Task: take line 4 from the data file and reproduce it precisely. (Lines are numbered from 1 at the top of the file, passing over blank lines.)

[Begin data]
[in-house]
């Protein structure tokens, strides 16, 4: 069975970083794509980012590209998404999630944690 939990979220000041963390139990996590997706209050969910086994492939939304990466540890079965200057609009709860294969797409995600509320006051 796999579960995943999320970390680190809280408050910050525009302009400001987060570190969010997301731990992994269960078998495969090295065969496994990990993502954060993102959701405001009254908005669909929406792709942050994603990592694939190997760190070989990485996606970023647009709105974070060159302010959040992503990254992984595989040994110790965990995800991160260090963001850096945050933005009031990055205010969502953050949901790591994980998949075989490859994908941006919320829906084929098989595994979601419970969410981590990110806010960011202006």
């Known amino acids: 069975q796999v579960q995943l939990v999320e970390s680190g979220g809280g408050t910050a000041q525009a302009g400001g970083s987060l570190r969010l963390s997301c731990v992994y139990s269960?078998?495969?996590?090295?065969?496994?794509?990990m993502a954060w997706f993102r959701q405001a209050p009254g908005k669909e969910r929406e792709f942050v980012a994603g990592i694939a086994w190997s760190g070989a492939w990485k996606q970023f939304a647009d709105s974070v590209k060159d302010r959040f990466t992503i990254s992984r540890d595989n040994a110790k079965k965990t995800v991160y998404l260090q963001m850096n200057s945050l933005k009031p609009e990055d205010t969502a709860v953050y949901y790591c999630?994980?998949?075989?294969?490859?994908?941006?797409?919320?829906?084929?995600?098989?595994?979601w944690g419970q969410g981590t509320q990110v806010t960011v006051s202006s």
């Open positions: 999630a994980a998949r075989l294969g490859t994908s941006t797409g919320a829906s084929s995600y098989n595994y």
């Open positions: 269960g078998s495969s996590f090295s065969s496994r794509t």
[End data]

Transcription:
């Open positions: 999630a994980a998949r075989l294969g490859t994908s941006t797409g919320a829906s084929s995600y098989n595994y």